How to Care for a Swedish Ivy Plant Hanging Basket

Answer

Care instructions for Swedish ivy will change depending on whether the plant is kept in the ground or in a hanging basket. According to the Missouri Botanical Garden, Swedish ivy, also known as Plectranthus australis, is commonly grown as both an indoor houseplant and an outdoor ornamental within the plant hardiness zones 10 to 11 of the United States Department of Agriculture. Because of its trailing growth habit, Swedish ivy is an excellent candidate for cultivation in hanging baskets. It is not difficult to take care of Swedish ivy when it is grown in a hanging basket; but, in order to keep the circumstances optimal for these delicate foliage plants, continual attention is required.

Watering Swedish Ivy in Hanging Baskets

When growing Swedish ivy in a hanging basket, where the soil volume is minimal, one of the most essential components of caring for the plant is maintaining the correct moisture balance in the soil. This is one of the most critical aspects of caring for Swedish ivy. Water the plant each day during the warm summer months, but cut back to once every two weeks during the colder months, giving it just enough moisture to prevent the leaves from falling off. The Department of Plant and Soil Sciences at the University of Vermont issues a warning that Swedish ivy plants that have received an excessive amount of water may take on a yellowish appearance, whereas plants that have received an inadequate amount of water may appear wilted and dull green in colour. You should only water the soil if it seems dry on the surface, but you should do it before the soil totally dries up.

When the soil in a hanging basket dries out and needs to be properly rehydrated, it calls for more care and attention. It is not possible to adequately rehydrate dry soil by pouring water over the surface of the soil: Instead of soaking into the ground, the water will just flow off. The Iowa State University Extension and Outreach advises that the hanging basket be submerged in water and allowed to soak for a period of between one and two hours. The soil will be rehydrated by soaking, which also makes it possible for the liquid to go more deeply into the roots of the plant, something that regular watering cannot do. However, you should not let the basket soak for more than two hours at a time since doing so might cause the roots to get damaged.

Feeding Swedish Ivy in Hanging Baskets

When growing in a hanging basket, Swedish ivy responds best to moderate levels of fertility; hence, providing it with food on a consistent basis is recommended. Although a decent supply of nutrients is provided by a potting mix of excellent quality, these fast-growing plants need a little amount of additional fertilisers throughout their active growing season to sustain their development. The Mississippi State University Extension suggests amending the soil with one to two teaspoons of slow-release fertiliser in the springtime and watering with diluted fertiliser throughout the growth season. These recommendations are from the Mississippi State University. When feeding your plant in the spring, be sure to use balanced fertiliser granules and carefully mix them into the soil to avoid root burn.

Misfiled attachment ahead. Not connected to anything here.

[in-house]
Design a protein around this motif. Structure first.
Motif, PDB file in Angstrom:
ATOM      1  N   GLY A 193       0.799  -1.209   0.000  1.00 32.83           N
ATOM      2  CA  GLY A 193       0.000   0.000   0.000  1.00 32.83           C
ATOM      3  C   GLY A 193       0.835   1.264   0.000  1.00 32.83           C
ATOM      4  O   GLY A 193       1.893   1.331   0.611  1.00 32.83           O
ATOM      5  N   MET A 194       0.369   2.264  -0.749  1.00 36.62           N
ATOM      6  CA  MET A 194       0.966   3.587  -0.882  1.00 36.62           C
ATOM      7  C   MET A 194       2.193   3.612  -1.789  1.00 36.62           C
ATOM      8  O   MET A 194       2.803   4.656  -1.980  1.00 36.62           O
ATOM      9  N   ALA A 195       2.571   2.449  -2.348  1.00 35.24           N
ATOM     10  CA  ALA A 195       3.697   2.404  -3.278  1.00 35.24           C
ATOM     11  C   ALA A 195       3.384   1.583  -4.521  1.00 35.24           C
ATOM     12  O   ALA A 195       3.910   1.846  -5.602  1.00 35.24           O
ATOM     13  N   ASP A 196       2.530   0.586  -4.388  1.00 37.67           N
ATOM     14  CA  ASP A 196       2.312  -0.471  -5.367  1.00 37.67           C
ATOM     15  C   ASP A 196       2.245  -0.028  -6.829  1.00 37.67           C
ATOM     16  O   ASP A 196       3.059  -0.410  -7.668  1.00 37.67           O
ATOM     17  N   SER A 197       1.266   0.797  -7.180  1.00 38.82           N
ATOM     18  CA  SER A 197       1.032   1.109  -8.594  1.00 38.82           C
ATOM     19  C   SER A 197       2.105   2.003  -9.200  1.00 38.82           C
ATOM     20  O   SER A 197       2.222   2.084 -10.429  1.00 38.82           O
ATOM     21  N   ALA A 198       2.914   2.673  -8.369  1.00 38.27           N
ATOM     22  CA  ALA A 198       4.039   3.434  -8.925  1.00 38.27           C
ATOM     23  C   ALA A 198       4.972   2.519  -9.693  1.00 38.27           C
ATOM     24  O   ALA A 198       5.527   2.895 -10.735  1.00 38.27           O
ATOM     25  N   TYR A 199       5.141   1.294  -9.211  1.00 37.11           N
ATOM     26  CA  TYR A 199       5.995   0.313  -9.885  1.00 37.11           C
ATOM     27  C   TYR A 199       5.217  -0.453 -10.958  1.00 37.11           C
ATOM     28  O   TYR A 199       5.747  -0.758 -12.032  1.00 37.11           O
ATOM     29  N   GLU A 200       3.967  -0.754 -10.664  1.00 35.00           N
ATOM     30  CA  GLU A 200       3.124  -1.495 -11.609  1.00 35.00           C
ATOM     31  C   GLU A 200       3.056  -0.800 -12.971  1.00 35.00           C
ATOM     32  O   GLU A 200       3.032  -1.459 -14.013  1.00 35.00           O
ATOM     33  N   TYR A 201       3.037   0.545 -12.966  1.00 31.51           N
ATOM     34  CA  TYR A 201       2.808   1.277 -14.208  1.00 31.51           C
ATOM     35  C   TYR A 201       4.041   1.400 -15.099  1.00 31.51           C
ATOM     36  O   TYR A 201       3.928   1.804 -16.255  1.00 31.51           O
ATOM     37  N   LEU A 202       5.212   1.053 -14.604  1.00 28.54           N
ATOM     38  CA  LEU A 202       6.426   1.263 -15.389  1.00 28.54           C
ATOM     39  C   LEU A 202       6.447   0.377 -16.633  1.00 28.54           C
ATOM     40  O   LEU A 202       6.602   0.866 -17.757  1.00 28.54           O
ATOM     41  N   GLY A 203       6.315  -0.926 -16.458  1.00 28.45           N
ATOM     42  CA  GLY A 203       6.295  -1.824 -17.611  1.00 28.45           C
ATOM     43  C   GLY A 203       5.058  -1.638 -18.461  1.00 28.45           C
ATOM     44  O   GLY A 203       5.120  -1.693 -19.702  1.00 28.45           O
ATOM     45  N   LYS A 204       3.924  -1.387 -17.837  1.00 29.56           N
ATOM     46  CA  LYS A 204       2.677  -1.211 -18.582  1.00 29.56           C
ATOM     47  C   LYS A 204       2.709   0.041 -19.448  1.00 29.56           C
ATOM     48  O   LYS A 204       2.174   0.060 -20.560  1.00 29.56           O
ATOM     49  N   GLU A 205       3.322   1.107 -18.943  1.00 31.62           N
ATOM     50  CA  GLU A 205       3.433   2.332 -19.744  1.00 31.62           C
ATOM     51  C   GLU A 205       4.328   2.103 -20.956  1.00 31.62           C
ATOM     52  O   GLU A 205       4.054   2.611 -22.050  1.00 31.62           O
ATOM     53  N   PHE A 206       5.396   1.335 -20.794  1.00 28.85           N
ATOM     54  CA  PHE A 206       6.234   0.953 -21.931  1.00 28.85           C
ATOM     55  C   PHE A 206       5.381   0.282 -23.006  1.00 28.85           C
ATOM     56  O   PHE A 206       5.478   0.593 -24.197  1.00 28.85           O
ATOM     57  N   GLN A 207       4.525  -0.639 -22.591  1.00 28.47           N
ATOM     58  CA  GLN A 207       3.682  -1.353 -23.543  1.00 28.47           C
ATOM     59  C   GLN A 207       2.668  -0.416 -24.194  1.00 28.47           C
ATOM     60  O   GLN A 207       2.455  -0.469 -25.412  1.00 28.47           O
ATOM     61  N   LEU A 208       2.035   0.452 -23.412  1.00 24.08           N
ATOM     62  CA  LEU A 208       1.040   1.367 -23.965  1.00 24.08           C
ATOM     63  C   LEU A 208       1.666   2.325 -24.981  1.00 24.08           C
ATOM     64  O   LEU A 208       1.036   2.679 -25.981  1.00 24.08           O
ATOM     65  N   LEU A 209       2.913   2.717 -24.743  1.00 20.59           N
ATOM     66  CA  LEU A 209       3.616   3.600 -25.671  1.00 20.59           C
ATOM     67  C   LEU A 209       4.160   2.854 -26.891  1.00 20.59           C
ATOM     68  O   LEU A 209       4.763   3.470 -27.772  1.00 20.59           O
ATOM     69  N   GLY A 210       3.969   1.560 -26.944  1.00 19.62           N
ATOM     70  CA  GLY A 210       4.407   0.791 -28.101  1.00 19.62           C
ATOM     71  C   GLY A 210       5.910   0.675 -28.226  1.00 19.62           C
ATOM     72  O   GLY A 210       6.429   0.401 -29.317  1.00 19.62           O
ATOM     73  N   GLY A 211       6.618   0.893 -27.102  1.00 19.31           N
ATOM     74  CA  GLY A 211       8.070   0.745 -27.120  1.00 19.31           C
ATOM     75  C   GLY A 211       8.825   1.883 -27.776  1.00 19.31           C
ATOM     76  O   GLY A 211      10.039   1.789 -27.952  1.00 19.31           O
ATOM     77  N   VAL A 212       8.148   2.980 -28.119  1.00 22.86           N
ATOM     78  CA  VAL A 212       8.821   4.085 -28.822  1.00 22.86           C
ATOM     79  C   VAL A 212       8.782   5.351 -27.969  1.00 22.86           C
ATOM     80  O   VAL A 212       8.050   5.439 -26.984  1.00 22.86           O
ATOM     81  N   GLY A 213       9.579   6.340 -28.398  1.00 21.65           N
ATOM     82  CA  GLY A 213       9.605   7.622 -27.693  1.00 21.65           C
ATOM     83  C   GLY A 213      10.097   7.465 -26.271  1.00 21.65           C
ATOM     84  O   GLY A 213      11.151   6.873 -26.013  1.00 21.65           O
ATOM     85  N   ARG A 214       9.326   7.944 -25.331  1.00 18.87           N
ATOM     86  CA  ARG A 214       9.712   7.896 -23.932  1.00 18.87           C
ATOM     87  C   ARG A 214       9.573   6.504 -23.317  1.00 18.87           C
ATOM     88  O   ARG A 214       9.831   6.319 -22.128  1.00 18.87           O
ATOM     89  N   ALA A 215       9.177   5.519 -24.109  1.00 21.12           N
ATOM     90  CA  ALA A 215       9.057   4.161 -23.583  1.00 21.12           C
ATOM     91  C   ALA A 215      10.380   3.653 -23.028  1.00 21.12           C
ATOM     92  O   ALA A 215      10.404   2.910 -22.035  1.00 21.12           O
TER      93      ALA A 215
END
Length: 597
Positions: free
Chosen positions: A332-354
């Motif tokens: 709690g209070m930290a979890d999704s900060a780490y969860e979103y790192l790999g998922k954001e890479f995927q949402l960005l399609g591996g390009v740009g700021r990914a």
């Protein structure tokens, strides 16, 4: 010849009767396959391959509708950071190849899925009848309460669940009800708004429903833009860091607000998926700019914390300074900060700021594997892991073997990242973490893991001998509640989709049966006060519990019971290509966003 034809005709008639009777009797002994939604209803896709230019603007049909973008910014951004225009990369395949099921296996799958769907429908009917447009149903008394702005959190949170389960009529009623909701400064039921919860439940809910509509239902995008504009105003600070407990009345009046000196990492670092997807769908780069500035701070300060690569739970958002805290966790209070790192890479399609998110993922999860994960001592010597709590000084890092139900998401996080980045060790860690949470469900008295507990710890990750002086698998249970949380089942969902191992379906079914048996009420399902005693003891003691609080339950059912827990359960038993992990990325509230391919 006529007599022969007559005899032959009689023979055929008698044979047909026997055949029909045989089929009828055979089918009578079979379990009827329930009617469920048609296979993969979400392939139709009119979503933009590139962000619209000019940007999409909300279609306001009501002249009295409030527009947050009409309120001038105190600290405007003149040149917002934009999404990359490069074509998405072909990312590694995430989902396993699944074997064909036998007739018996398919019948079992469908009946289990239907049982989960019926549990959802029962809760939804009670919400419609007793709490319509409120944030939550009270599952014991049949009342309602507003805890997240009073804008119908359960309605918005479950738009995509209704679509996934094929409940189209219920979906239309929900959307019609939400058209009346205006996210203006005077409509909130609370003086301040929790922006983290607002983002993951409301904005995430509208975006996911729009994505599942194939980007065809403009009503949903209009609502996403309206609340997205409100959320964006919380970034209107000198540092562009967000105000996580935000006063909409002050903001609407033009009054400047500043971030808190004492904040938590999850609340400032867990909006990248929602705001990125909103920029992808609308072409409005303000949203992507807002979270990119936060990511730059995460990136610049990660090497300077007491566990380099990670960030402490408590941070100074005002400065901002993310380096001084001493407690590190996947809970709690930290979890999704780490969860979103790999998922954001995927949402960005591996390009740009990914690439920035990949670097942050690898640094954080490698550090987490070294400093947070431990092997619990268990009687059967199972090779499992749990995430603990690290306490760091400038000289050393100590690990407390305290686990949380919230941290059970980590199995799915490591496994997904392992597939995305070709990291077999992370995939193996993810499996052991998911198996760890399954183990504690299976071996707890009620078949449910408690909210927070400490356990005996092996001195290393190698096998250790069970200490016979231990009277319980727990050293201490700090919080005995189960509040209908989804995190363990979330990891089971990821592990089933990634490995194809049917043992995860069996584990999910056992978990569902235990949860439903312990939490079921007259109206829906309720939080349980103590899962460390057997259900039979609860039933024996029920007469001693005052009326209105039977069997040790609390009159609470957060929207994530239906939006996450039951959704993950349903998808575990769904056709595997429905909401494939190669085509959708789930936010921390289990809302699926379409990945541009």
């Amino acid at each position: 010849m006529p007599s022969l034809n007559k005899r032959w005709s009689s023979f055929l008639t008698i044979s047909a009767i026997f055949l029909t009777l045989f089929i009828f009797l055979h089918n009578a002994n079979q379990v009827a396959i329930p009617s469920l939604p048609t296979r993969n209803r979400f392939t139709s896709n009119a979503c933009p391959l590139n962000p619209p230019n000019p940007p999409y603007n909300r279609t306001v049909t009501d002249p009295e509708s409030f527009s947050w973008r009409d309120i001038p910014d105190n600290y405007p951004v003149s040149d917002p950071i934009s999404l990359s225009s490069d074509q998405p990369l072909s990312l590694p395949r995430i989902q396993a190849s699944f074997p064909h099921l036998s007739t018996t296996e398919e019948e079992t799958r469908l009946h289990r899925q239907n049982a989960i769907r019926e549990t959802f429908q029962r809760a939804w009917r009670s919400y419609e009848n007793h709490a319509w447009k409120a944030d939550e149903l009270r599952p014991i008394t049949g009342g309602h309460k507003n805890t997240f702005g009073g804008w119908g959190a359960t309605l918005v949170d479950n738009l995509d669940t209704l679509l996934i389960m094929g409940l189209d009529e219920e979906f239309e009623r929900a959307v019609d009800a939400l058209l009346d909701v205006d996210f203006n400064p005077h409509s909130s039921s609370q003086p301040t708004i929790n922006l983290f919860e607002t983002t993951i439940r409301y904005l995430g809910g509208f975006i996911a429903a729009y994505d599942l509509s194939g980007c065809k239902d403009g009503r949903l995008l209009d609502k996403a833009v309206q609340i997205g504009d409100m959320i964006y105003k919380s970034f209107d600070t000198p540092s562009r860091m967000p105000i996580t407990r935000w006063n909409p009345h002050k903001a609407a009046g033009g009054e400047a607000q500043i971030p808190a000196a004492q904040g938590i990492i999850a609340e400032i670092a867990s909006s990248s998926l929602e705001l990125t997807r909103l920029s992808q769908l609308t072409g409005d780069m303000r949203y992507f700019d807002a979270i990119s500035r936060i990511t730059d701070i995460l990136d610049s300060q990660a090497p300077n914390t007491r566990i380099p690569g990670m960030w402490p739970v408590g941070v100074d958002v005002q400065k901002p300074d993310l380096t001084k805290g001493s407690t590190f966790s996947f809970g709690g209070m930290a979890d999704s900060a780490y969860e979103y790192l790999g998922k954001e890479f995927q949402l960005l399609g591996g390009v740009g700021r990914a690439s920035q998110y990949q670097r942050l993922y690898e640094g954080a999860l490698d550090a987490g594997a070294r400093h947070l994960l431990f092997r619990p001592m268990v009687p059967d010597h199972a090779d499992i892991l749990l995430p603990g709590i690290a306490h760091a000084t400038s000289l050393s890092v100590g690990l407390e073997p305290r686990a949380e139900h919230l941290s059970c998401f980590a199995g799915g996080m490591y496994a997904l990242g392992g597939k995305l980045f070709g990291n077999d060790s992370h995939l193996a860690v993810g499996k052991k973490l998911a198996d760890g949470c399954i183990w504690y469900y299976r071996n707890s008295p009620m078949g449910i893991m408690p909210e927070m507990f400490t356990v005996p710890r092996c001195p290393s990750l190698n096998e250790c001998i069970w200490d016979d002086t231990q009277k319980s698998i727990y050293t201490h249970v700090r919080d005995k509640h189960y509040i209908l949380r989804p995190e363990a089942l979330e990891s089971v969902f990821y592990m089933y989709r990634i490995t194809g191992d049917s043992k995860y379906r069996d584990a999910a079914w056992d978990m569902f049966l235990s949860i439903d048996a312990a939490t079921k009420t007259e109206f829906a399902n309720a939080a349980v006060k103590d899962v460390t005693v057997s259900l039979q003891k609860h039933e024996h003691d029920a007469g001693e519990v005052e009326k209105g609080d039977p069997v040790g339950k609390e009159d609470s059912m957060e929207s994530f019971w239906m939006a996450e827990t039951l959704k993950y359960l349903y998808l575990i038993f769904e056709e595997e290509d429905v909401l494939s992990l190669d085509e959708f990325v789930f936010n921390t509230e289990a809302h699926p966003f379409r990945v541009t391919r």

To make up for the nutrients that are leached out of the hanging basket, feed Swedish ivy with a fertiliser solution that has been diluted from spring through fall. The 15-15-15 fertiliser is what is recommended for feeding by Logee’s Plants. Mix one half teaspoon of fertiliser with one gallon of water, and then water the plant once a month with the resulting solution. The frequency of feeding should be increased to once every two weeks if the plant is not putting on much development. During the winter, when the Swedish ivy is dormant, you should refrain from feeding it.

Troubleshooting Swedish Ivy Care

Plants of Swedish ivy are seldom plagued by significant issues, however they are sometimes visited by mealybugs. Infestations of mealybugs on Swedish ivy plants are normally not severe, although they can sometimes a source of nuisance. Mealybug infestations should be treated using insecticidal soap diluted in one gallon of water at a concentration of one to two percent, as recommended by the Clemson Cooperative Extension. The recommended dosage is two and a half teaspoons to five tablespoons. Spray the plant affected with the chemical once every four to seven days until the infection is gone. When the temperature is too high, you should refrain from spraying.

Another part of taking care of Swedish ivy that is growing in a hanging basket is cutting back the long tendrils that trail behind it. If you want to keep your Swedish ivy at a manageable size and encourage healthy new growth, the optimum time of year to trim it is in the spring. Applying rubbing alcohol to the blades of your pruning shears will ensure that any germs or fungus that could be present are eliminated. Use the shears to trim the tendrils that are growing along the edge of the basket. Position the cut so that it is directly below a group of leaves. Additionally, the University of Florida IFAS Extension suggests cutting off the blossoms of the plant every two to three weeks in order to channel the plant’s energy into producing more leafy growth.

Fertilizer with a controlled release rate

15-15-15 fertiliser

Insecticidal soap

Shears for cutting back bushes and shrubs Alcohol for rubbings

Rubbing alcohol